So when the Donald Trump campaign invited me to have a brief moment with Trump, I happily accepted. Those who read my columns know that I was basically the first syndicated columnist to write that Trump would be a powerful force in the GOP race for president. And although I had received some comments from him regarding the columns I've written about his candidacy, I had never met the man.
So in all honesty, I entered an arena of 7,000 wildly cheering and darn-near fanatical followers not knowing if the Donald would be just as, shall I say, animated in private as he is with his fans. I was looking for a glimpse at what a president Trump would be like behind the scenes.
Let me get right to it: The Trump behind the stage is a totally different person. I watched as a small group lined up to chat and have photos taken with him. I expected to watch Trump talk at them or briskly move them along. Instead, he intently listened to each person. He took sheets of information that some fans brought. He asked them questions. He did what all of the former presidents I have ever met did : He made each person feel like they were the most important person in the room.
Off to the side, Trump's family members stood quietly, talking to a few staffers. The entire interesting, albeit short, visit seemed as businesslike and professional as any presidential visit, absent the uppity staff that I usually have to put up with.
To Trump's credit, those who met him backstage were not powerful business leaders or lobbyists; most were hardworking supporters, plus a few elected officials who had broken ranks with the Georgia GOP establishment crowd to endorse him.
And for the record, while I have not seen him in a while, I have been in similar situations with Sen. Marco Rubio, and he, too, is impressive. I feel quite certain that Sen. Ted Cruz and Gov. John Kasich are as well.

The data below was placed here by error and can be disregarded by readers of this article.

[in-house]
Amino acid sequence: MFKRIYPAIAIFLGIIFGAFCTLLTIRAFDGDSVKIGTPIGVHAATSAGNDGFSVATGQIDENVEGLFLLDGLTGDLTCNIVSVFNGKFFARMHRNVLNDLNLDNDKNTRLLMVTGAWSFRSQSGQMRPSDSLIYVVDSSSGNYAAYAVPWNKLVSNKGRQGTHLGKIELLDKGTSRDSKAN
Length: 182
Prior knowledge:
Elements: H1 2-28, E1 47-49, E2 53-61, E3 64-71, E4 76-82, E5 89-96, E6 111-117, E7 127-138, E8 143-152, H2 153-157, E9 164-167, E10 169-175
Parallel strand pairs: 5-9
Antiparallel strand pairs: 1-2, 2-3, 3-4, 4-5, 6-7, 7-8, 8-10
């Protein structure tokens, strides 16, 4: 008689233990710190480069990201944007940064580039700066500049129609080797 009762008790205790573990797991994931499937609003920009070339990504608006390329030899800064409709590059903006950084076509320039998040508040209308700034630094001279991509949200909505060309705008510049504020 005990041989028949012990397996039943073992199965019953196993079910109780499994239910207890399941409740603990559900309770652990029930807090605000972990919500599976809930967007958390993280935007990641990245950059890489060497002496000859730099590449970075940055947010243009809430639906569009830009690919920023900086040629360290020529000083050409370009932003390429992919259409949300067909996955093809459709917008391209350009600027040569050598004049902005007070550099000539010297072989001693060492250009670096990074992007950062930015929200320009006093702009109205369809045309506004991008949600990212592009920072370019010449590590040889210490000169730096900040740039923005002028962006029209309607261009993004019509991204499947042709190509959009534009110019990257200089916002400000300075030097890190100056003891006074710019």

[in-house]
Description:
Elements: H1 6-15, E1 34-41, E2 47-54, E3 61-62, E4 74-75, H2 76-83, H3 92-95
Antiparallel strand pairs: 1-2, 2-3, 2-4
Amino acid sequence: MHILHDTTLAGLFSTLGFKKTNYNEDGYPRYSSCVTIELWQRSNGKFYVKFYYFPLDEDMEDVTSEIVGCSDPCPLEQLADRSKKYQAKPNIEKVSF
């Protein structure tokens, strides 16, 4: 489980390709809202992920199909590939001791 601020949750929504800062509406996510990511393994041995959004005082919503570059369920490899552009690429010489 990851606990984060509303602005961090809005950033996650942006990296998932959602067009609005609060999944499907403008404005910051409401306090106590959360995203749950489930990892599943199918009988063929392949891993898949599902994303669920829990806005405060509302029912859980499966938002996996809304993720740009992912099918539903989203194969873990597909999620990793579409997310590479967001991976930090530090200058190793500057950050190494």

But Trump's ability - or some would say, inability -- to make calm and carefully reasoned decisions has become a popular topic of conversation as he continues to lead the field of Republican contenders. And while my brief glimpse did not answer every question about his leadership style, it did convince me that Trump could easily adapt his high-octane speech rhetoric to be quieter and more deliberate, as presidents are known to speak. After all, it's not like he could've created an enormous business fortune without the necessary tools of sophistication.
After our private visit came the rally. To say that I have never seen such a diverse crowd at a GOP rally would be an understatement. Less prevalent were the suits and khaki pants seen at most Republican gatherings. Instead, there were blue jeans, veterans' caps and typical everyday clothes of working people who might have just left their jobs to attend. There were young women with piercings and young men with long hair. There were African-Americans, Hispanics -- you name it.
They attended, it seemed, as much out of a desire to display their patriotism, as to express their anger with a system and political party that has become too fancy and too dominated by wealth and power to suit their needs.
Well they got what they came for. Having just won the South Carolina caucus, Trump was true to his form and more.
I still have no idea where this race will end up. For example, Texas is a huge prize; no candidate has discussed how they'll handle the growing glut of oil. Florida's allegiance remains to be seen, but Marco Rubio is rising. But whatever the final result, my brief visit reinforced why I've been right about Trump for 15 months and counting.